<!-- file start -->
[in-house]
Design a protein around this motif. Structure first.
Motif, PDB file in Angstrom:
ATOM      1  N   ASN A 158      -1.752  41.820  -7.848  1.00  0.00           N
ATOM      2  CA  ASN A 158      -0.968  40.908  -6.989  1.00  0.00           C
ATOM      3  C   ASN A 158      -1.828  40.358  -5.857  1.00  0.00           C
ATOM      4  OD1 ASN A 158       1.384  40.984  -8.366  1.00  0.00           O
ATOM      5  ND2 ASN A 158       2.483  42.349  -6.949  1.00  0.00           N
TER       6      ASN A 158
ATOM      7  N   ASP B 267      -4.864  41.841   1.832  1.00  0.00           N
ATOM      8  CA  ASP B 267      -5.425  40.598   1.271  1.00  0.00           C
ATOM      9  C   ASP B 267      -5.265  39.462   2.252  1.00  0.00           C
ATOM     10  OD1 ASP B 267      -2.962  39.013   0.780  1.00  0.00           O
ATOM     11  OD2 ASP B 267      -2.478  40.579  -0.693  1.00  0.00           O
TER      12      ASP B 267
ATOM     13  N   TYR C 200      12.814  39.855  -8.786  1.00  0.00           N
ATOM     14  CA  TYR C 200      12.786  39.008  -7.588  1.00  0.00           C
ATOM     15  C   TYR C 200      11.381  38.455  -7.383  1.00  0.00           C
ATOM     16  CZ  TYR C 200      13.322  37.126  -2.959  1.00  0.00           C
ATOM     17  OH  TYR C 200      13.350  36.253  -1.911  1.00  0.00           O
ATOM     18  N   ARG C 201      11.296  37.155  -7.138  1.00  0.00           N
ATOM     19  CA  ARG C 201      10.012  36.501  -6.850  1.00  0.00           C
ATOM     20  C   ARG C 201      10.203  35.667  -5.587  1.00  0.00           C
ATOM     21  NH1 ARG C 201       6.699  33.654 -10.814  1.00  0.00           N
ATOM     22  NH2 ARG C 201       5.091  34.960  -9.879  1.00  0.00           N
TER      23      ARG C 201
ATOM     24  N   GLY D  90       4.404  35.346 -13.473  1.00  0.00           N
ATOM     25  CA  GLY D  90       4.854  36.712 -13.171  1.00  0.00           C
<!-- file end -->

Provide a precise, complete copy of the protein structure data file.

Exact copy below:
[in-house]
Design a protein around this motif. Structure first.
Motif, PDB file in Angstrom:
ATOM      1  N   ASN A 158      -1.752  41.820  -7.848  1.00  0.00           N
ATOM      2  CA  ASN A 158      -0.968  40.908  -6.989  1.00  0.00           C
ATOM      3  C   ASN A 158      -1.828  40.358  -5.857  1.00  0.00           C
ATOM      4  OD1 ASN A 158       1.384  40.984  -8.366  1.00  0.00           O
ATOM      5  ND2 ASN A 158       2.483  42.349  -6.949  1.00  0.00           N
TER       6      ASN A 158
ATOM      7  N   ASP B 267      -4.864  41.841   1.832  1.00  0.00           N
ATOM      8  CA  ASP B 267      -5.425  40.598   1.271  1.00  0.00           C
ATOM      9  C   ASP B 267      -5.265  39.462   2.252  1.00  0.00           C
ATOM     10  OD1 ASP B 267      -2.962  39.013   0.780  1.00  0.00           O
ATOM     11  OD2 ASP B 267      -2.478  40.579  -0.693  1.00  0.00           O
TER      12      ASP B 267
ATOM     13  N   TYR C 200      12.814  39.855  -8.786  1.00  0.00           N
ATOM     14  CA  TYR C 200      12.786  39.008  -7.588  1.00  0.00           C
ATOM     15  C   TYR C 200      11.381  38.455  -7.383  1.00  0.00           C
ATOM     16  CZ  TYR C 200      13.322  37.126  -2.959  1.00  0.00           C
ATOM     17  OH  TYR C 200      13.350  36.253  -1.911  1.00  0.00           O
ATOM     18  N   ARG C 201      11.296  37.155  -7.138  1.00  0.00           N
ATOM     19  CA  ARG C 201      10.012  36.501  -6.850  1.00  0.00           C
ATOM     20  C   ARG C 201      10.203  35.667  -5.587  1.00  0.00           C
ATOM     21  NH1 ARG C 201       6.699  33.654 -10.814  1.00  0.00           N
ATOM     22  NH2 ARG C 201       5.091  34.960  -9.879  1.00  0.00           N
TER      23      ARG C 201
ATOM     24  N   GLY D  90       4.404  35.346 -13.473  1.00  0.00           N
ATOM     25  CA  GLY D  90       4.854  36.712 -13.171  1.00  0.00           C